RIP S Corporations?


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Did Congress just put the first nail in the coffin for service providers who operate in S Corporations?

5-31-10

Congress quickly passed a new bill called the American Jobs and Close Tax Loopholes Act of 2010. The Senate still needs to pass it, but is expected to do so just as quickly.

It includes some tax extenders which were needed. And it extended unemployment benefits to November 30, 2010 for people whose benefits were running out.

And it pays for it all by hitting small business owners right where it hurts – in their S Corporation.

Here are the highlights:

  • If you have a professional services S Corporation, your distributions will now be subject to 15.3% self-employment tax. This is on top of the payroll tax you’re already paying for salary you take from the S Corporation.
  • The definition of ‘professional services’ is sufficiently vague to allow the IRS some wriggle room when the Code and eventually Regulations are written. This is an area we’re watching closely. At this point, assume if that if you provide any kind of professional service this is going to affect you.
  • It is only applicable to S Corporations who have 3 or fewer shareholders whose “reputation and expertise” are used in the company.

This is clearly a bill that is targeted at ONLY small business owners who are service providers.

Remember it’s not law yet. And if enacted it doesn’t become effective until January 1, 2011. There is a tiny window available for planning.

This week we’re going to look at how this works with other new taxes coming your way thanks to the Health Care Bill. And of course, what you can do about it.



7 Comments

  1. This congress needs to be strung up and run out of town. We need to march on D.C. with our guns.

  2. LBoy says:

    I am fairly new to this issue, but on the surface it does seem like the definitions are ambiguous and leave a lot to interpretation (so what’s new?).

    However, from a practical matter, it seems like this is really dealing with small prof services firms where owners are using this technique as a way to lower tax liability. This is only a material issue up to the FICA cap, so it would only hit people who are paying themselves signficantly less than the FICA Cap, but making material amounts in distributions. (yes, I realize the Medicare care tax and eventually Obamacare tax on high amounts kicks in, but those are relatively small percents on above average incomes.

    As to the seemingly arbitrary 3 person threshold, I can only guess that they are assuming people paying themselves sub market wages are mostly an issue with small businesses. Is it likely a lawfirm with 10 shareholders pay themselves less than market wages, and let the excess be distributed to other shareholders – for that matter is it likely that a 10 shareholder law firm have a lawyers that pay themselves (and are worth) less than the FICA cap?

    Having said all that, from the little bit presented, it does seem there is a lot of ambiguity to be addressed, and of course nobody likes the prospect of a greater tax burden.

  3. ckc says:

    I just don’t understand why they are after the small businesses. How awful.

  4. Re-reading the bill and commentary, it looks like the exemption isn’t for more than 3 shareholders as I first thought. It’s more than 3 people who have “reputation and expertise” that drives the business. So, they could be employees. But I wonder if they could also be anybody. For example, if I pay 3 big name people to promote me to their database as someone who is an expert in yada yada yada, does that qualify as someone whose reputation and expertise work in the business. In this case, they work in marketing it.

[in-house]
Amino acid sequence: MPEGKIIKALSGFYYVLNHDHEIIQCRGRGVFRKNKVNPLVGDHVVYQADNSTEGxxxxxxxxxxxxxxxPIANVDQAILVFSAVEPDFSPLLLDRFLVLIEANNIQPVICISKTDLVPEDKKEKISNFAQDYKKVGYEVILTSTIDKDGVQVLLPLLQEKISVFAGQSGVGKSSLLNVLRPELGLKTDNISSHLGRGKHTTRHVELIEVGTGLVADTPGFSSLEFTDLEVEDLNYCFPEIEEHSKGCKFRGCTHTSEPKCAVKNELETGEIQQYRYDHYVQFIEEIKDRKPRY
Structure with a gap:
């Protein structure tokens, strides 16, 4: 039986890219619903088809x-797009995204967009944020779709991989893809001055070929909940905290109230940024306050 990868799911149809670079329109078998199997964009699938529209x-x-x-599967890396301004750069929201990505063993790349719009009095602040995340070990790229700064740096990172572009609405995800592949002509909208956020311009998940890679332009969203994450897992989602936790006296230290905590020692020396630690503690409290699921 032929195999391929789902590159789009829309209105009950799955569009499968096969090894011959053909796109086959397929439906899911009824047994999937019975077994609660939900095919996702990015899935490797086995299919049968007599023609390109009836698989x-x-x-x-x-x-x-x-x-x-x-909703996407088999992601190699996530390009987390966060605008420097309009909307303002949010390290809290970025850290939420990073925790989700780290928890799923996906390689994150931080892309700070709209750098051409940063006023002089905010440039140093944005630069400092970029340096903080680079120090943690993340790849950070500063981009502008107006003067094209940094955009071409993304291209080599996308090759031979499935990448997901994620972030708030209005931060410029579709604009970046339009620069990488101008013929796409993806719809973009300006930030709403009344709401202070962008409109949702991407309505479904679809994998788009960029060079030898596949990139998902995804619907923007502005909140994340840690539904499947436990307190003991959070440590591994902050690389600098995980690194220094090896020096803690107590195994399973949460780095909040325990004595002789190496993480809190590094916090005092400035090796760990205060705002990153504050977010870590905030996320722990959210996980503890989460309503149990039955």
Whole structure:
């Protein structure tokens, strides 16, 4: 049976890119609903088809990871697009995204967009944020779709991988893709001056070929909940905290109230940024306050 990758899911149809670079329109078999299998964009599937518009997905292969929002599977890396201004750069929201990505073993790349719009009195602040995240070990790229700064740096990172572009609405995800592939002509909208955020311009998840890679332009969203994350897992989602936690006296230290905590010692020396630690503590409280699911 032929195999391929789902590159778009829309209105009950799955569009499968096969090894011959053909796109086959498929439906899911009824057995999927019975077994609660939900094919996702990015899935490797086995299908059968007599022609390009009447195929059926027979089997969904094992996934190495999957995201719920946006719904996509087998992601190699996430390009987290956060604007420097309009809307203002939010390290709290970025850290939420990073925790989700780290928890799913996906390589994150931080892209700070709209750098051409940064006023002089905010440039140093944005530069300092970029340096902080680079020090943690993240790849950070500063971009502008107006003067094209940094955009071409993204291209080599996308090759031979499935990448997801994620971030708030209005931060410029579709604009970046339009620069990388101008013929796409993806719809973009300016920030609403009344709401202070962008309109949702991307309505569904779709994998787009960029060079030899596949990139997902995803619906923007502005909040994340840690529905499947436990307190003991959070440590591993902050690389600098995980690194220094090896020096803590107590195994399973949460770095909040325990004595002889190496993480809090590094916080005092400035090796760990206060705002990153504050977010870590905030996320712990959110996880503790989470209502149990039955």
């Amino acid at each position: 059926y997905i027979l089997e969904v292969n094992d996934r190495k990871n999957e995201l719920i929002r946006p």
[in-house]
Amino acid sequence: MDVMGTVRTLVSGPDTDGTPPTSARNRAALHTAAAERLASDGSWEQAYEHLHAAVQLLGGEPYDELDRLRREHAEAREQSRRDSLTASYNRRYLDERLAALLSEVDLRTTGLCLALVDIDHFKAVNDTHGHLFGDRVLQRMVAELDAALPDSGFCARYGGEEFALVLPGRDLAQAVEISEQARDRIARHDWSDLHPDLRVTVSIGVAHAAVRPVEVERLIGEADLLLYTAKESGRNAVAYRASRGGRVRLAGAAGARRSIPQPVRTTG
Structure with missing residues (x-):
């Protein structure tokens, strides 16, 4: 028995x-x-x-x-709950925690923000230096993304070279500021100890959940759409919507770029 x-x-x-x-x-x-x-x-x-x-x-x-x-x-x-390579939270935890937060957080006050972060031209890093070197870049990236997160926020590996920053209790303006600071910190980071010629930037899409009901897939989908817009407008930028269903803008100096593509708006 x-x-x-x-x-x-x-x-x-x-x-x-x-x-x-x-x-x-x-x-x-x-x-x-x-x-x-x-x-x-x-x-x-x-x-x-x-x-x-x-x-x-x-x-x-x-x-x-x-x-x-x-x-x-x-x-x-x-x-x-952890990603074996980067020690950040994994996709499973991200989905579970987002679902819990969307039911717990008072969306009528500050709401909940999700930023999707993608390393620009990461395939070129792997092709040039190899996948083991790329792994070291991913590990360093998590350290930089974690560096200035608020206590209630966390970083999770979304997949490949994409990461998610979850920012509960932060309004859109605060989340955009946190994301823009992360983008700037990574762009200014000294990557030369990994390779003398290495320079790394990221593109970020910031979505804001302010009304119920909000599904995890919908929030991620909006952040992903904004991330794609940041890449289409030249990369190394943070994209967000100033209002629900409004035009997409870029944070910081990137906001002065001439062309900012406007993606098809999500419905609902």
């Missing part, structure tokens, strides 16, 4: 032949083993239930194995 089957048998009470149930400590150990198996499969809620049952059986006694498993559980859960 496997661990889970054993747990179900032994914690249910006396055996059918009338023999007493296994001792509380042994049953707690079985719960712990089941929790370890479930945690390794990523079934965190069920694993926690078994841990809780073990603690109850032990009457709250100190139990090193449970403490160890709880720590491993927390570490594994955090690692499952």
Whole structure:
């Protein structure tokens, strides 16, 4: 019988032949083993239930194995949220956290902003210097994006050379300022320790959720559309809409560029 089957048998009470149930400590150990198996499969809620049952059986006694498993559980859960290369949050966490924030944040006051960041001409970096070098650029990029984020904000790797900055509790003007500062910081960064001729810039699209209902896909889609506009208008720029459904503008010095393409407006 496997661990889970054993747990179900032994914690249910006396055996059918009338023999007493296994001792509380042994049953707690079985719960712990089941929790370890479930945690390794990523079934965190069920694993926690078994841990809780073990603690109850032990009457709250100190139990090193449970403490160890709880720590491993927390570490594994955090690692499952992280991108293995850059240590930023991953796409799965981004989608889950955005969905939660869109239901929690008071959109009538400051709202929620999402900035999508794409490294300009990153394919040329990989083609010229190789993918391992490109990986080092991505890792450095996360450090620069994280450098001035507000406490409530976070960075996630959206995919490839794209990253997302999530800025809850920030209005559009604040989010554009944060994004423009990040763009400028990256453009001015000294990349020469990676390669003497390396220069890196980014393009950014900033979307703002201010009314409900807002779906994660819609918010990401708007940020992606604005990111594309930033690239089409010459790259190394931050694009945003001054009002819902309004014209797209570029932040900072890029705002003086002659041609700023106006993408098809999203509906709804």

I’m also still confused by the prof services definition. It seems like the Congress has come up with a brand new definition, including other groups and NOT defining ‘substantially’ like they have with the C Corporation.

    What on earth will the objective criteria be for ‘substantially’, ‘reputation’ and ‘expertise’ be? I see major compliance issues down the road unless the language tightens up a lot.

  5. Megan Hughes says:

    Hi Cathaleen,

    I couldn’t agree more. What’s frustrating is that in the bill summaries and analyses that I’ve read the same comment crops up: ‘some’ individuals or ‘a small number of individuals’ abuse the S Corporation rules by trying to take none or a minimal salary and flow the rest through.

    But CPAs, auditors, EAs – anyone who deals with the IRS knows very well that no salary item on an S Corp return is an audit red flag. So the IRS already has the tools in place to enforce taking a reasonable salary.

    I’m also frustrated that it’s just small companies being hit. There’s no reason that a company with 4 shareholders should be treated differently than one with 3 shareholders. There are some good reasons that docs, lawyers, CPAs, etc. want to practice alone or in a small group.

    And, of course, this isn’t income-limited. So it’s not just going to hit people earning $250k+ – it’s going to hit all S Corporation owners who are unfortunate enough to fall under the definition of professional service provider.

    I wrote to my Representative today, through OpenCongress.org. Maybe if enough business owners speak up someone in Washington will listen!

  6. Hopefully our professional associations are looking out for us. As usual, this will just hit the small businesses and very hard. The individual Realtors and small brokerages will really be hit as well as the rest of us CPA’s etc. We have always been told we have to pay on “reasonal compensation” but would not owe FICA on income produced by our staff and investments in other parts of our businesses (i.e. equipment/websites etc.)

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